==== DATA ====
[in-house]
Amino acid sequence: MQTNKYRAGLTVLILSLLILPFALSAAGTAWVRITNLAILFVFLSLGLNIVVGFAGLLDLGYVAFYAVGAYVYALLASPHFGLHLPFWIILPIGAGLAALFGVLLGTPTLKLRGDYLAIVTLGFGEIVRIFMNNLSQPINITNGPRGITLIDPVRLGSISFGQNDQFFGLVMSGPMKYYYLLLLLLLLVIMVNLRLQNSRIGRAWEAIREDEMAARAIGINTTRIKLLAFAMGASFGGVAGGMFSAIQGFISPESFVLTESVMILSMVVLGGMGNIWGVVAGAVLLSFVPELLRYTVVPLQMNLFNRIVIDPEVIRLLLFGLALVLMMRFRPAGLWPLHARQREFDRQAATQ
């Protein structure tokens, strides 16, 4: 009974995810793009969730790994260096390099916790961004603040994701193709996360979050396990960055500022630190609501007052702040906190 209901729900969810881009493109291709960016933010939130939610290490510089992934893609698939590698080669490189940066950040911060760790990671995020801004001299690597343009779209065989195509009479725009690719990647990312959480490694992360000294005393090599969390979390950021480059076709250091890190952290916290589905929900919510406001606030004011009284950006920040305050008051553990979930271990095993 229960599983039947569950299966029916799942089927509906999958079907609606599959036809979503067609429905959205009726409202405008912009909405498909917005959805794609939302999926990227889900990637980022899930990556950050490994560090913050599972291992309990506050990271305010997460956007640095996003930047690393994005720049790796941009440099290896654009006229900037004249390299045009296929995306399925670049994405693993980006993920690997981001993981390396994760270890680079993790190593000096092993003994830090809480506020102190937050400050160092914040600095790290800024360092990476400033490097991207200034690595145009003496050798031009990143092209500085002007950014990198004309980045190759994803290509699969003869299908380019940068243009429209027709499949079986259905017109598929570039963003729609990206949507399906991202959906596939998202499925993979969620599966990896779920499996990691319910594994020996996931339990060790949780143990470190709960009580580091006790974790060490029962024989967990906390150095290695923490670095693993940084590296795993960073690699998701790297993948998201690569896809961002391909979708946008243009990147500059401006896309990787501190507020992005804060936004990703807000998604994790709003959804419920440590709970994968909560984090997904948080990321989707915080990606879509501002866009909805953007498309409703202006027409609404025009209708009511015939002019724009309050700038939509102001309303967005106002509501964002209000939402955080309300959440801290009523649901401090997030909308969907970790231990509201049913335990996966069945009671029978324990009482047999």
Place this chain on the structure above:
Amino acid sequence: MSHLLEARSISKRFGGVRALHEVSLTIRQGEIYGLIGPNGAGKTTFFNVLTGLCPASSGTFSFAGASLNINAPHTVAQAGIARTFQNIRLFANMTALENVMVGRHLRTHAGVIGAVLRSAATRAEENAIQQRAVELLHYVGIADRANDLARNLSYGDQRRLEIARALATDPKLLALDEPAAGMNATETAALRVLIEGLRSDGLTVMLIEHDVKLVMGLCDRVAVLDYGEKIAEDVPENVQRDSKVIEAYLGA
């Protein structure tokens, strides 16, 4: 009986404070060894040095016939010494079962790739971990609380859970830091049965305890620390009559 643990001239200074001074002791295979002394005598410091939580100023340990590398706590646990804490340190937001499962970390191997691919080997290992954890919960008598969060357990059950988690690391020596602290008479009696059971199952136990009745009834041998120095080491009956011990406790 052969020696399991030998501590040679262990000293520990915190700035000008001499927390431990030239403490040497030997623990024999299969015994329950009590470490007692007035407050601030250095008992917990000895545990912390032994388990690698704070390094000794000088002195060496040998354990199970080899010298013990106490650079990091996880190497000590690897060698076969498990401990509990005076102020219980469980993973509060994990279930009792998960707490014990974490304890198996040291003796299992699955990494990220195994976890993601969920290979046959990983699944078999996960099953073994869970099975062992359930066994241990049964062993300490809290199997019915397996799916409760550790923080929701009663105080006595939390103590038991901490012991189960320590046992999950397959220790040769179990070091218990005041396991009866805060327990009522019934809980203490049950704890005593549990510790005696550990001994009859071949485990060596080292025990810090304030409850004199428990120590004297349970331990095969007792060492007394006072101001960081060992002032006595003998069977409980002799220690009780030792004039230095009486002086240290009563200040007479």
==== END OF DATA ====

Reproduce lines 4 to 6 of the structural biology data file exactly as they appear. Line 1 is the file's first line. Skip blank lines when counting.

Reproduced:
Place this chain on the structure above:
Amino acid sequence: MSHLLEARSISKRFGGVRALHEVSLTIRQGEIYGLIGPNGAGKTTFFNVLTGLCPASSGTFSFAGASLNINAPHTVAQAGIARTFQNIRLFANMTALENVMVGRHLRTHAGVIGAVLRSAATRAEENAIQQRAVELLHYVGIADRANDLARNLSYGDQRRLEIARALATDPKLLALDEPAAGMNATETAALRVLIEGLRSDGLTVMLIEHDVKLVMGLCDRVAVLDYGEKIAEDVPENVQRDSKVIEAYLGA
């Protein structure tokens, strides 16, 4: 009986404070060894040095016939010494079962790739971990609380859970830091049965305890620390009559 643990001239200074001074002791295979002394005598410091939580100023340990590398706590646990804490340190937001499962970390191997691919080997290992954890919960008598969060357990059950988690690391020596602290008479009696059971199952136990009745009834041998120095080491009956011990406790 052969020696399991030998501590040679262990000293520990915190700035000008001499927390431990030239403490040497030997623990024999299969015994329950009590470490007692007035407050601030250095008992917990000895545990912390032994388990690698704070390094000794000088002195060496040998354990199970080899010298013990106490650079990091996880190497000590690897060698076969498990401990509990005076102020219980469980993973509060994990279930009792998960707490014990974490304890198996040291003796299992699955990494990220195994976890993601969920290979046959990983699944078999996960099953073994869970099975062992359930066994241990049964062993300490809290199997019915397996799916409760550790923080929701009663105080006595939390103590038991901490012991189960320590046992999950397959220790040769179990070091218990005041396991009866805060327990009522019934809980203490049950704890005593549990510790005696550990001994009859071949485990060596080292025990810090304030409850004199428990120590004297349970331990095969007792060492007394006072101001960081060992002032006595003998069977409980002799220690009780030792004039230095009486002086240290009563200040007479």